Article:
OpenOB works as well as many of the IP-based STL products and / or remote broadcasts
    Rotter for audio logging
    SilentJack or Liquidsoap for silence detection
    Liquidsoap (again) for stream generation and software-based audio processing
    JackAudio for all the things it can do (or that it can help you do)

    I’ve been able to restore quite a few “clunkers” to use that would otherwise have gone to the electronic recycling scrap-heap by installing Linux.

  3. That is a good list of programs. I downloaded the Rivendell RRAbutu .iso and have been fooling around with it on my experimental machine. I have to say, it is pretty slick. I would say for somebody that knows a little bit about Linux, Rivendell would be a great automation system.

  4. A few folks have put up YouTube vids showing Rivendell in action. Worth a look.

    Some folks have created dedicated “distros” of Linux that contain piles of multimedia software. If you go looking for MUSIX, AVLINUX, ARTISTX or UBUNTU STUDIO, you will have an out-of-the-box-ready multimedia studio on a single computer.

    One program I forgot to suggest was MIXXX — a “dual-player” deejay rig that runs on all 3 major OS’s, rivaling any commercial program out there. If you need something to allow live jocks a twin-turntable experience, this comes closest for free.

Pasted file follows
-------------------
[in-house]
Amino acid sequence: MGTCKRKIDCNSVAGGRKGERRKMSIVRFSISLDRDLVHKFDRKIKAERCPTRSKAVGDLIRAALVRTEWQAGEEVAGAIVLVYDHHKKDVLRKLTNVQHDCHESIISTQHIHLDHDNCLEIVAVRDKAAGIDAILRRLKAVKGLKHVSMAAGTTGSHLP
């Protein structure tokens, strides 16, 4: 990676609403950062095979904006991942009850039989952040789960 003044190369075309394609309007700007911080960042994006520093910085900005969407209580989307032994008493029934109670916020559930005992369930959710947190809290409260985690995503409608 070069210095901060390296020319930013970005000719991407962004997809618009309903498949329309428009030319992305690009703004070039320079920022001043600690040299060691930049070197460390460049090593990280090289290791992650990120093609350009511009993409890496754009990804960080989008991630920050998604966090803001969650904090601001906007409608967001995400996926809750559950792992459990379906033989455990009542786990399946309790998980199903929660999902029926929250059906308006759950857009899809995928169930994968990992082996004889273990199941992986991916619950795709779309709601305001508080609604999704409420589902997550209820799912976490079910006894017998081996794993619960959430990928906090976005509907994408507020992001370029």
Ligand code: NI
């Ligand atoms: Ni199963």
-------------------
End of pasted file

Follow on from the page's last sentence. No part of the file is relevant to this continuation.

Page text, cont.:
5. I think Lorne’s been peeking at one of my stations! We’re using everything in that list bar OpenOB (for which we run our own, Linux based solution). There’s a steep learning curve with some of these apps but it’s well worth the effort.

  6. Steve,

    You caught me! I was hiding behind the console to peek at what Linux apps you are running!

    In all seriousness, I think it does say something positive when multiple stations find the same open source solutions. I agree there is a learning curve to get them up and running, however in my experience once they are up and running they just plain work.

  7. I would just like to make the point that — at this level of application power and complexity — there is a learning curve, from dead scratch, for *anything* you pick.

  8. Yes, and well said. Rivendell, once set up and working right, and the learning curve overcome, stays working reliably, and a lot less hassle than dealing with Windows automation systems. Many of the air talent I deal with, once they learn working with Rivendell, have asked for guidance on adopting Linux at home, most of these folks are using Mint on Cinnamon or MATE happily. And I too am a Mint user at home. I have since Windows 10 was announced, and I’ve never looked back.

  9. Rivendell does not because Rivendell is just a software program. The proper question is does Axia LiveWire have software drivers for *Linux* and the answer is “yes, but it depends on what flavor of Linux you’re using.” I would vaguely assume it’s possible to get Rivendell and LiveWire drivers running on the same box if you experiment a bit with specific Linux OS’es and settings. Here’s a place to start: